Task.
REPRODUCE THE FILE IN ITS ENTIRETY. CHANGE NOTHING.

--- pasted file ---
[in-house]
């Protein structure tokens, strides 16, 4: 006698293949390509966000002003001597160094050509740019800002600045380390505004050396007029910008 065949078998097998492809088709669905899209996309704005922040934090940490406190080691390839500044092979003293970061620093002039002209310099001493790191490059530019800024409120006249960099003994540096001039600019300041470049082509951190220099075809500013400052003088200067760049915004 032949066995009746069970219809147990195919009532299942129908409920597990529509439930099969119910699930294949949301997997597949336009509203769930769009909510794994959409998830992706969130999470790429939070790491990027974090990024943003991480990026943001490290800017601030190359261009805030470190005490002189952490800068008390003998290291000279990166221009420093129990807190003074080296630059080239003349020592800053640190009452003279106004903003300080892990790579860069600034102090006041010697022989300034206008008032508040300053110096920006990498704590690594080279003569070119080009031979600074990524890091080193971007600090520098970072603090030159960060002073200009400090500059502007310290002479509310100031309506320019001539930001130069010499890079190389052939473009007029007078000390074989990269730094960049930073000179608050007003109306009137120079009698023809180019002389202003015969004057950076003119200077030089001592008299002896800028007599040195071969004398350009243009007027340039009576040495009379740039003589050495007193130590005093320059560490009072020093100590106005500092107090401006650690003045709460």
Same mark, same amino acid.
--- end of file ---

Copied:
[in-house]
């Protein structure tokens, strides 16, 4: 006698293949390509966000002003001597160094050509740019800002600045380390505004050396007029910008 065949078998097998492809088709669905899209996309704005922040934090940490406190080691390839500044092979003293970061620093002039002209310099001493790191490059530019800024409120006249960099003994540096001039600019300041470049082509951190220099075809500013400052003088200067760049915004 032949066995009746069970219809147990195919009532299942129908409920597990529509439930099969119910699930294949949301997997597949336009509203769930769009909510794994959409998830992706969130999470790429939070790491990027974090990024943003991480990026943001490290800017601030190359261009805030470190005490002189952490800068008390003998290291000279990166221009420093129990807190003074080296630059080239003349020592800053640190009452003279106004903003300080892990790579860069600034102090006041010697022989300034206008008032508040300053110096920006990498704590690594080279003569070119080009031979600074990524890091080193971007600090520098970072603090030159960060002073200009400090500059502007310290002479509310100031309506320019001539930001130069010499890079190389052939473009007029007078000390074989990269730094960049930073000179608050007003109306009137120079009698023809180019002389202003015969004057950076003119200077030089001592008299002896800028007599040195071969004398350009243009007027340039009576040495009379740039003589050495007193130590005093320059560490009072020093100590106005500092107090401006650690003045709460």
Same mark, same amino acid.